Born 1st Sept 1886 at High Mark, Wigtownshire, Scotland, Mary Robson Donnan was the only child of Martha Biggart (nee Hogarth) and William Donnan. Although her parents had married in Glasgow, William went out to Australia, before going on to New Zealand, where Martha and Mary joined him. The family eventually came to Ōtautau, moving there in 1897 when Mary was still a child, living at Woodside Farm, shown below: ‘Woodside’ Ōtautau NZ, 1919. From Ōtautau Museum “Miss Shaw” Collection #2007.2.3.54 (Photographer, Mary Donnan) PHOTO – IN PUBLIC DOMAIN From here, Mary attended Ōtautau School, and it was there she met with Ina Shaw; they grew up as best friends and went on to share a lot of their lives together, even moving together when their respective parents died. After leaving school, then going to Otago Girls High School, also doing teachers training at Dunedin Training College, Miss Donnan was the “infant class” school teacher at Ōtautau School from 1908 - for over 30 years!
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The Seatter family contributed to post railway life in Ō tautau Murihiku, in many ways. Robert Seatter (1852-1935), was born on Papa Westray, and emigrated to NZ in 1874, sailing on the maiden voyage of the clipper "Invercargill", landing at Port Chalmers on 15 October after a voyage of 91 days. Joining him on this voyage, was fellow Orkney resident William Rendall, who was to become Robert Seatter's brother in law. An assisted immigrant, Robert worked in the trade of carpentry and joinery, which he had learned back home in Kirkwall, along with a few years of fishing for the herring there, set out to undertake work along the way between Dunedin and Waikouaitai, where he finally settled for some years. On 10th Dec 1878, his wife to be Christena finally immigrated also, on the ship "Canterbury", sailing from Greenock on 12 September and their marriage took place on 26 December of that same year. LEFT: Christena &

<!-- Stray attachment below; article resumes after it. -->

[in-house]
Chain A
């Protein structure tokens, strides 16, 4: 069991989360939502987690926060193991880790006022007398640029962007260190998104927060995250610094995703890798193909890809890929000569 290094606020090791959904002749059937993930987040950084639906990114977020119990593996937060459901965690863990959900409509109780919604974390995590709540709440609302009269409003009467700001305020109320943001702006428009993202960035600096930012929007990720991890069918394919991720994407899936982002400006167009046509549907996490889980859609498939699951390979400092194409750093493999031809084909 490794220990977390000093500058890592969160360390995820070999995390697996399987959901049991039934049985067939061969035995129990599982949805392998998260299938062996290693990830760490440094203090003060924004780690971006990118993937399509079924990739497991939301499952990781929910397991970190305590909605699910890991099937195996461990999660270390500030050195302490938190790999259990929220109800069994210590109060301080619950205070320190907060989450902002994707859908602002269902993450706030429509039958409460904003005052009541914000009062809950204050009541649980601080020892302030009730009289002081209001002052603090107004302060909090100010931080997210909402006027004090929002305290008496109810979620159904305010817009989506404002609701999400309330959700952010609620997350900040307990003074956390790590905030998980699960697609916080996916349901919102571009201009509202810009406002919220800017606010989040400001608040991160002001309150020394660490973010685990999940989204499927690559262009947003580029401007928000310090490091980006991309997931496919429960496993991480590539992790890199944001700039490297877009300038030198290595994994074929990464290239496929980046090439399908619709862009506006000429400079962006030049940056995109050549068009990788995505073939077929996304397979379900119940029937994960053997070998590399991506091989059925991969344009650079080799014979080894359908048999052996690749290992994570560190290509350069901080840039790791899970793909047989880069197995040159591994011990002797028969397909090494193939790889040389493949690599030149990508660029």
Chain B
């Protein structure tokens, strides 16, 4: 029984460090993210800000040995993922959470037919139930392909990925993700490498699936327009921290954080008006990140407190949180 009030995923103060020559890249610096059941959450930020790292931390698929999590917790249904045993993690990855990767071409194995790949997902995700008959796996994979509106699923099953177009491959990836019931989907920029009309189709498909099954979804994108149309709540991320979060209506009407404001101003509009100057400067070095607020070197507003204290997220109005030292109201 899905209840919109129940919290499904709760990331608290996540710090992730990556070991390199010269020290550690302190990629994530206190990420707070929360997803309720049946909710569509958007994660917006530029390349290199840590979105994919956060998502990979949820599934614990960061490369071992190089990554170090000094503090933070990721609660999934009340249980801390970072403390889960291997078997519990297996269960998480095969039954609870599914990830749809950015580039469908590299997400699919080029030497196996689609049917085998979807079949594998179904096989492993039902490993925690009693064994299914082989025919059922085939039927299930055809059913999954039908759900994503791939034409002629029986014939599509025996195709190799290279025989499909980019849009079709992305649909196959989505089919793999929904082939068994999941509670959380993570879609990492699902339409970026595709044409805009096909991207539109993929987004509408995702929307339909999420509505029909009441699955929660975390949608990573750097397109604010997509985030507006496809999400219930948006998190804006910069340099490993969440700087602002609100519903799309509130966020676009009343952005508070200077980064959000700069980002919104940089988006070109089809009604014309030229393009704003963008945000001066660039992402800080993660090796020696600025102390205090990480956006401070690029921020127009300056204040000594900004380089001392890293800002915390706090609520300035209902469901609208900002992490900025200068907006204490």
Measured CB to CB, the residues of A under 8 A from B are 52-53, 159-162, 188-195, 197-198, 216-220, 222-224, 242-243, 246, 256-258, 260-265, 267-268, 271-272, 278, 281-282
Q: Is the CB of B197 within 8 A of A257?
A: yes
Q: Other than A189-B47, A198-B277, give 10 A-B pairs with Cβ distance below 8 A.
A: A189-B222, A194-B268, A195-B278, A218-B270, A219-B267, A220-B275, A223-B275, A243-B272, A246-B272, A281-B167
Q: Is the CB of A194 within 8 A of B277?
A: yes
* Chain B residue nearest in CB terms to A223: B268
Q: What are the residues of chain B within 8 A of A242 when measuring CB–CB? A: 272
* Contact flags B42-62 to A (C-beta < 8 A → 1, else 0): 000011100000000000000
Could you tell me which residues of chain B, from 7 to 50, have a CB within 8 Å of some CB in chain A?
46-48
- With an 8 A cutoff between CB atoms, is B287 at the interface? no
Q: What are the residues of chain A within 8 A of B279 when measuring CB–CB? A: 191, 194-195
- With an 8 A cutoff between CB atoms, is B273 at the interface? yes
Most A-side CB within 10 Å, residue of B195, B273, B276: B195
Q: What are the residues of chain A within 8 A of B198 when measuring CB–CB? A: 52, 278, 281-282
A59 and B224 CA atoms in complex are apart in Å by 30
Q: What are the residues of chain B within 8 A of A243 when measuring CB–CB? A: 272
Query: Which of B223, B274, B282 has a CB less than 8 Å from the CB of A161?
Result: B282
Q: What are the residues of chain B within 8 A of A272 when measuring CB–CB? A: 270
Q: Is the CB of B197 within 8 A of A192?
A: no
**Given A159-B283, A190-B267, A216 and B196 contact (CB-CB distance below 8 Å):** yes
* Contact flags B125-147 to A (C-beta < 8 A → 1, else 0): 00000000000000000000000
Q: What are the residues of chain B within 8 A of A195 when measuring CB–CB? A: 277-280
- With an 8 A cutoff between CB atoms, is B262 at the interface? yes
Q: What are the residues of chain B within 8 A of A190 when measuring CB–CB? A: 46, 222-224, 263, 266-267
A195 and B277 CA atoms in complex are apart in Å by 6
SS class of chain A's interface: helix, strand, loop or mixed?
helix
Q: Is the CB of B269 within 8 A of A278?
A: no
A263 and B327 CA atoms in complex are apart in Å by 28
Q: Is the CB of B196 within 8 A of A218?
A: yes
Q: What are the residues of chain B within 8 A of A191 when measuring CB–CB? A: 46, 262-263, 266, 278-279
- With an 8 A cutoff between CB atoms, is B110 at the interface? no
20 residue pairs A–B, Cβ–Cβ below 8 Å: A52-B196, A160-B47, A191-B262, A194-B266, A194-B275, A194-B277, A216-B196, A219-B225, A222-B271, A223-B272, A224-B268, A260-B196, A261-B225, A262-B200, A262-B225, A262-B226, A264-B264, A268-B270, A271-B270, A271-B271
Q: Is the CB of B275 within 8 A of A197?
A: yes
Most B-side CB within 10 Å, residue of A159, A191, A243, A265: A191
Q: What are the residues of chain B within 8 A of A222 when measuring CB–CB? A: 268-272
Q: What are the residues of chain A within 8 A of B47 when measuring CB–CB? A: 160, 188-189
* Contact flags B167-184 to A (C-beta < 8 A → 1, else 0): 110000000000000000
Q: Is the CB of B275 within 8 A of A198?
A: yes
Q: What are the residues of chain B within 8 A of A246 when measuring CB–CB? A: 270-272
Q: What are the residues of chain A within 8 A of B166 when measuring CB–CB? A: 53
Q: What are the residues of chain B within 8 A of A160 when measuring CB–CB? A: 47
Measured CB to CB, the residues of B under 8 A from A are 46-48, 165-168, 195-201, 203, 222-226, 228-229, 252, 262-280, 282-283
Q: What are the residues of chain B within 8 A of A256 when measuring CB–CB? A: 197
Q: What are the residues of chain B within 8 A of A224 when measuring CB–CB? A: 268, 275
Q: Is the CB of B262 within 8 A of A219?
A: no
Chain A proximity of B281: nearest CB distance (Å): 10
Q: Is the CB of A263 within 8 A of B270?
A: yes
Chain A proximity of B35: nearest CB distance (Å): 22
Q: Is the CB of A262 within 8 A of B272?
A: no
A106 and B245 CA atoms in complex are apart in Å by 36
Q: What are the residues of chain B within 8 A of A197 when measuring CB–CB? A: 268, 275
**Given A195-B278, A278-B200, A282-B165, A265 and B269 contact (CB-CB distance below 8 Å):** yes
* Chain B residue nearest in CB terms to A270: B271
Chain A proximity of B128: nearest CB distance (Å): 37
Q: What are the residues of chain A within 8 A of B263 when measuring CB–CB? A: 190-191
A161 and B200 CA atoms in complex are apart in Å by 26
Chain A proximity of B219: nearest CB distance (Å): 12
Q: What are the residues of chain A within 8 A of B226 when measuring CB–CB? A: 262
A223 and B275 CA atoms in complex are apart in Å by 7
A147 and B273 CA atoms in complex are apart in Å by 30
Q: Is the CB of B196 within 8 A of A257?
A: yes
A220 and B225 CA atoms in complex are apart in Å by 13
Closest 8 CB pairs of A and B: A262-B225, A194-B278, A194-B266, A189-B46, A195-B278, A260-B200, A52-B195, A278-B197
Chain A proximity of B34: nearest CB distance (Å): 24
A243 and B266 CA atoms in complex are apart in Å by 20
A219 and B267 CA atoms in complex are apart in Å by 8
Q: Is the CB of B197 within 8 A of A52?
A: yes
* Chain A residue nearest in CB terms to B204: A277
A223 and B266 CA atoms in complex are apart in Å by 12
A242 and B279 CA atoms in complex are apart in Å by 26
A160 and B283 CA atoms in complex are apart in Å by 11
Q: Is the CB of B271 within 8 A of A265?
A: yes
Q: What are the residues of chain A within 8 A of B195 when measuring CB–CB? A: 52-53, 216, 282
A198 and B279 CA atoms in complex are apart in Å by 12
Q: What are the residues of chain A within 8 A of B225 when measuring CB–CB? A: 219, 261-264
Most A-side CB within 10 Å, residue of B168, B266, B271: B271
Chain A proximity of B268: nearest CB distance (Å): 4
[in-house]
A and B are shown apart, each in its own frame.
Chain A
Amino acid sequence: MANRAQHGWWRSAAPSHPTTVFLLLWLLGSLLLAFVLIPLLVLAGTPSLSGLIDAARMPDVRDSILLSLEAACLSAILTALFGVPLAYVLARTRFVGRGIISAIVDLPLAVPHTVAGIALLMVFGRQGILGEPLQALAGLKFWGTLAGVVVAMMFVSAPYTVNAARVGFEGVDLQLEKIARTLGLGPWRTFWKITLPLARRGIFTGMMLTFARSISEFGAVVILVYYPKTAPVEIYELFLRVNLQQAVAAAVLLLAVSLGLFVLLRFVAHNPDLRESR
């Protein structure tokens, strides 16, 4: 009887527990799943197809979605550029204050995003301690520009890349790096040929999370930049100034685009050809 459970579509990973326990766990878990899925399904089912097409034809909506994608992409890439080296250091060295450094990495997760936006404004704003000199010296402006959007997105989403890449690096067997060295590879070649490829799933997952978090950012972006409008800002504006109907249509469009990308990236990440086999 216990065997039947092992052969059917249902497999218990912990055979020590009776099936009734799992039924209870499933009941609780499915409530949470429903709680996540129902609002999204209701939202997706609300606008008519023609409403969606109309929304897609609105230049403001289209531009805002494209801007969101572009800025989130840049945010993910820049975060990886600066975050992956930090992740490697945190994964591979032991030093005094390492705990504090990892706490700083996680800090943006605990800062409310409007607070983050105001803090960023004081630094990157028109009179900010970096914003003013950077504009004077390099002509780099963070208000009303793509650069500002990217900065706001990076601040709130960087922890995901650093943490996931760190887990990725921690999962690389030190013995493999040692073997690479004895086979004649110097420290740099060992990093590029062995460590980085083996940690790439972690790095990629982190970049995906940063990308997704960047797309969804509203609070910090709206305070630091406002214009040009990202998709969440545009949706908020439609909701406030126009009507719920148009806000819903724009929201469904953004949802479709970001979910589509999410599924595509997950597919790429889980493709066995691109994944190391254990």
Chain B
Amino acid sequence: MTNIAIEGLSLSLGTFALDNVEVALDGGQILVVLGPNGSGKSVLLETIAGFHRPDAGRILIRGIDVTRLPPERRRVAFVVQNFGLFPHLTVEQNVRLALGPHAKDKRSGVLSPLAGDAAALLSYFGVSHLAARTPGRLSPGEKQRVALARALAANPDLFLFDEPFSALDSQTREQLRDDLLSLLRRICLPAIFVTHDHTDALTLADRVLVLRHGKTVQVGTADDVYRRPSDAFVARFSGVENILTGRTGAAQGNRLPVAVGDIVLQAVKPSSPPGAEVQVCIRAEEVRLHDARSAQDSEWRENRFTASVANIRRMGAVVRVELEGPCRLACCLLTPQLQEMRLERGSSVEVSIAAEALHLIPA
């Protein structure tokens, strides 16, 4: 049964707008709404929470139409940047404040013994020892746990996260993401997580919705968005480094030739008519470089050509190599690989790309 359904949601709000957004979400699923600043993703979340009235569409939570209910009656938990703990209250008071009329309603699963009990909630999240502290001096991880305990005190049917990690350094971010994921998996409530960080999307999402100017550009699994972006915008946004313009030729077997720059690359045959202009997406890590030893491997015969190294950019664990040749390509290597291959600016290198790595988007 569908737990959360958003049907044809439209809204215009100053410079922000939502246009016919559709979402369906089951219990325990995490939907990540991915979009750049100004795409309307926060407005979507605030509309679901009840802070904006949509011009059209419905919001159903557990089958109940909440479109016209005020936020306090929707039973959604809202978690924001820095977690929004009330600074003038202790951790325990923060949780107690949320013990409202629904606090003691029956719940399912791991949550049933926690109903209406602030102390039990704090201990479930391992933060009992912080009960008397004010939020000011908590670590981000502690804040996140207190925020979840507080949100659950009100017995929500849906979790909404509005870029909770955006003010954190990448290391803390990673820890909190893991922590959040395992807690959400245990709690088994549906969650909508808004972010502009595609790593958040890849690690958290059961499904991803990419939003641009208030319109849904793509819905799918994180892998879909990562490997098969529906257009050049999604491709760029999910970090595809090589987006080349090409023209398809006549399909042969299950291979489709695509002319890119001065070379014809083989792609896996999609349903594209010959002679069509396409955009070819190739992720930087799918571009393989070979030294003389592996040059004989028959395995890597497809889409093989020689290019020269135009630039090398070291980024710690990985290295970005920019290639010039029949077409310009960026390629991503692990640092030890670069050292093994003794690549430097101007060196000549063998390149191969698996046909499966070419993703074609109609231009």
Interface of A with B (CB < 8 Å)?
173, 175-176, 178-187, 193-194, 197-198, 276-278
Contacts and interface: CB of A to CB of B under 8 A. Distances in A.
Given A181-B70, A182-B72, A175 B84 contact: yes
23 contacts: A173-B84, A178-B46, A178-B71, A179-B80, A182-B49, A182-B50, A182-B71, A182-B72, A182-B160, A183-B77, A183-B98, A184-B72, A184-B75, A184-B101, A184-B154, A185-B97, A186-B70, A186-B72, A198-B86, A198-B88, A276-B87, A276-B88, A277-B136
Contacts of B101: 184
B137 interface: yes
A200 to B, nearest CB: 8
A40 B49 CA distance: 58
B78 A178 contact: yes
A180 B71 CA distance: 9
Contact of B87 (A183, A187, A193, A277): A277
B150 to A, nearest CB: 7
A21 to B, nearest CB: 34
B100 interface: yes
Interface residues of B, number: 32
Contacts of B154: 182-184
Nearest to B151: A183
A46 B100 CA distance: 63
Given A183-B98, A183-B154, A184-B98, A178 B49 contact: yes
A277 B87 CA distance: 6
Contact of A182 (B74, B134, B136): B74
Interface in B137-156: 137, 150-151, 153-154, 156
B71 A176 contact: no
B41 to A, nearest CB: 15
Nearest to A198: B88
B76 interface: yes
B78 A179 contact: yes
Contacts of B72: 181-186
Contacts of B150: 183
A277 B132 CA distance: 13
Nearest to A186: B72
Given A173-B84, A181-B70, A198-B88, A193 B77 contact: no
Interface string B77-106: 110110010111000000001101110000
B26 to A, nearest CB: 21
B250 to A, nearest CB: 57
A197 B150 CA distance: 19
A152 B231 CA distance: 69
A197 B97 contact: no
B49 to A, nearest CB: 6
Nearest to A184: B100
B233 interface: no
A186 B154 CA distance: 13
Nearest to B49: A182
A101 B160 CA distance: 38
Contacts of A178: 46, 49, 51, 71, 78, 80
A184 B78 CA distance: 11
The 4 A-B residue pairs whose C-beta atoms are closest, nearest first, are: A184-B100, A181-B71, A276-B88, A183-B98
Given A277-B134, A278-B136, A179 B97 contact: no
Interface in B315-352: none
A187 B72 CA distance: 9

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Brief history of some of Otautau & Districts earliest and most interesting midwives... 1. Biddy McCoy or McLoy (nee Clerkin) In 1847, Mary Anne (or Biddy) as she was known, was tried and convicted at 19 of stealing a goose, in Ireland; this was during the years of the great famine, where 2 million starved to death. She was then transported to Tasmania to serve a 7 year sentence. © Artists impression of Biddy McCoy/McLoy, from her criminal records description; used with permission from family After marrying John McLoy, also a convict and him going missing after arriving in NZ (presumed drowned), Biddy had to fend for herself in the strange new land she had adopted, and ended up becoming very well known as the keeper of the Gropers Bush Hotel (just south of Otautau), from about 1857. Biddy was well known to be an expert sportswoman, with both a knife and a gun. She seems a real character and this is probably what got her through the tough times. In 1870, after